As a CLASS Group Coaching (MMCI) instructor, the sections of any given two-hour session may feel, at times, very goal driven. These sections titled "Know," "See," and "Do” are interconnected. In particular, it is possible to consider "Do" within "Know," and "See." When an instructor supports in-the-moment experiences that connect new knowledge to current practice, they make the CLASS dimensions more relevant to the educators' daily work. But how can we infuse more “Do” into “Know” and “See?” First, let's re-cap what happens in each section.
In the “Know” section, you introduce the new dimension of focus, and help your educators understand the importance of effective interactions. You share relevant examples as you introduce each of the indicators, and you lead them through the example scenario slides. Before moving onto the guided videos, the educators will know what the indicators are, why they are important, and the developmental impact on the children.
Now it’s time to move onto the guided videos, in which the educators develop their skills for identifying effective interactions. This is the “See” section. The videos are there for participants to not only identify evidence in each indicator but to also recognize how less effective interactions impact children and how they can enhance upon this interactions.
This section focuses on encouraging educators to take action and to implement the strategies they just learned into their everyday teaching practice with more depth, duration, and frequency. Participants will choose an indicator to focus on for the following week, and make concrete next steps on how they increase interactions specific to this indicator.
As you introduce the indicators with examples, consider adding these questions:
As you facilitate effective and less effective videos, try these questions:
The importance of this section is to help build upon the reflection that has started in the "Know" and "See" sections. Our goal is for the participants to choose an indicator to focus on improving, to create some concrete next steps on how they are going to accomplish their goal, to think about the impact on the child due to their intentionality, and, finally, to visualize what successfully attaining this goal would look like.
Let’s look at this in steps from an example from Infant Toddler MMCI:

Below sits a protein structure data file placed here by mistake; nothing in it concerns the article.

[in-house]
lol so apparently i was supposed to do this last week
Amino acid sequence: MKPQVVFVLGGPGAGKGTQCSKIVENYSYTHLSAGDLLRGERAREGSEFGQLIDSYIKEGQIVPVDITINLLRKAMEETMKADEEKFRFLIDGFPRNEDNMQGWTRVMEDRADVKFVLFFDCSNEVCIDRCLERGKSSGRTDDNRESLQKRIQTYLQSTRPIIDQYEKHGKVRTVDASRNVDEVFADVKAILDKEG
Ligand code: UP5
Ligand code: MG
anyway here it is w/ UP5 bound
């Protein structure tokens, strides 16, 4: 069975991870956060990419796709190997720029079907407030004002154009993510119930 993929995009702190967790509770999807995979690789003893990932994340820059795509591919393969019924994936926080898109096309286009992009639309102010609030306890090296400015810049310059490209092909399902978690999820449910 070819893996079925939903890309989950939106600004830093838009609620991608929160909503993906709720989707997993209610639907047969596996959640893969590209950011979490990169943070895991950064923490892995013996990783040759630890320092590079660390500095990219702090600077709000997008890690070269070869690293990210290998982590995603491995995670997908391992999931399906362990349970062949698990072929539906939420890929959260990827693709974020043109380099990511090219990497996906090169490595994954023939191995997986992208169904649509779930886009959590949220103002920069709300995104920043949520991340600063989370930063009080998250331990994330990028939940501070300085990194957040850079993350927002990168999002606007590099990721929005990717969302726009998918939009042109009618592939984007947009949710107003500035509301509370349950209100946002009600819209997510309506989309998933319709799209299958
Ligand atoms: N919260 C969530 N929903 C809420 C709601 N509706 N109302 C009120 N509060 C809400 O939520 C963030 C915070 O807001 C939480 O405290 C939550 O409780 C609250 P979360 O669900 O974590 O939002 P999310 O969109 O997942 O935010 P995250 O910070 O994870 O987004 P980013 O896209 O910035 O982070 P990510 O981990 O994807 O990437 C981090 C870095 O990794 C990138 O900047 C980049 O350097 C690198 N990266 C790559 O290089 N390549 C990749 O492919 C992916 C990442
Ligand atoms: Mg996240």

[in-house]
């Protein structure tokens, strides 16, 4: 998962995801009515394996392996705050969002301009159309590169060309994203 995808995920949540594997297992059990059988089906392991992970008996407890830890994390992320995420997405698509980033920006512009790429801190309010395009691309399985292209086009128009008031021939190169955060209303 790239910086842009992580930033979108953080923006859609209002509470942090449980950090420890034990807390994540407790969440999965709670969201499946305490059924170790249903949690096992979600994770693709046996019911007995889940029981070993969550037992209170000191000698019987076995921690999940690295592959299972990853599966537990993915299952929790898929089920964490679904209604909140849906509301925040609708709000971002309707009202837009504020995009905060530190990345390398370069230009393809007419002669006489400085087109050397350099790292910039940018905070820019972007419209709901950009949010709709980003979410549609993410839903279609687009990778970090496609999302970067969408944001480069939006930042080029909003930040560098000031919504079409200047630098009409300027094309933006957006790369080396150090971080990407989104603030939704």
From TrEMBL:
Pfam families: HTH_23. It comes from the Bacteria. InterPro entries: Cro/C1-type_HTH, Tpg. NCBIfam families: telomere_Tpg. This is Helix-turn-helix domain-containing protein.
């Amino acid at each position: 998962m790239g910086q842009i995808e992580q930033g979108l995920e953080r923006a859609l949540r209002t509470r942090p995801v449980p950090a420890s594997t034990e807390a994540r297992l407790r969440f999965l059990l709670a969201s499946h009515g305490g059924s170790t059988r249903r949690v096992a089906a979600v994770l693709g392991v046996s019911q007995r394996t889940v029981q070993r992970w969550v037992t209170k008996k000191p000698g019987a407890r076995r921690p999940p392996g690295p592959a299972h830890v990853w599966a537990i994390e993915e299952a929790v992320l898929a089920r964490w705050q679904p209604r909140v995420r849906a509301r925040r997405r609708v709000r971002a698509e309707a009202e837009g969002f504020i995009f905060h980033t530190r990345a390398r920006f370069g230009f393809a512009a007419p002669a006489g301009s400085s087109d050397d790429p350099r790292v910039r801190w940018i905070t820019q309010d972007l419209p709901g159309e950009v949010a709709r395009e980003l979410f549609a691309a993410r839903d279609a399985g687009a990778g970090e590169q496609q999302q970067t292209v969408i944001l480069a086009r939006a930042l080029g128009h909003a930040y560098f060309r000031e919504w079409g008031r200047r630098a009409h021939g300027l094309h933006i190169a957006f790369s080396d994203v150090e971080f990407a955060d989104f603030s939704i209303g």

Another way to help participants visualize their success is to say, “Everyone, close your eyes for 30 seconds and imagine you are in your classroom; what does it look like as you are implementing this goal, and how do the children respond?" If time permits, allow 2-4 minutes for your participants to role-play and act out their indicator of focus! This step also helps them see any challenges that may arise, and they can brainstorm how to overcome these barriers.
Let us know if you have other open-ended reflective questions that you currently use in your MMCI cohorts!
Many teachers and leaders associate CLASS® with preschool. And we get it! It’s used in early childhood classrooms across the country, including Head Start programs, and it’s been more important than ever for young children as they begin to return to in-person learning.
But the principles of CLASS - Emotional Support, Classroom Organization, Instructional Support - are important for children well beyond Pre-K. The ever-increasing research base shows that interactions matter for children’s social-emotional and academic development. That’s why CLASS is organized to support children from infancy to high school with the developmentally appropriate interactions that drive learning - and why K-12 leaders are embracing CLASS in their schools.
As you jump in to help your teacher, working side by side as a collaborator, everything seems clear at the beginning. There are some obvious areas to address and both you and your teacher have tons of energy, ready to change the world. After a few visits, however, an unsettling feeling begins to creep up on you.
When I first learned about CLASS Group Coaching—a training for early childhood professionals about building relationships with children—I was more than a little interested. This, I thought. This is what teaching is all about. It seems to be an obvious concept, but once we dig deeper, we are able to identify the whys and hows of our interactions. CLASS Group Coaching allows us to identify the benefits of our classroom relationships with our students and helps us be intentional in our daily practices. It allows us to utilize each moment we have with our students to deepen our understanding of their perspectives and genuinely connect with them as people. It helps us see the world from their view and guide their learning in a way that is relevant to them.
Since the coronavirus has disrupted many of our in-person plans, you might be trying to figure out how you can transition in-person coaching to online coaching. Online coaching can open a number of doors for coaches and teachers that might not be an option in face-to-face work.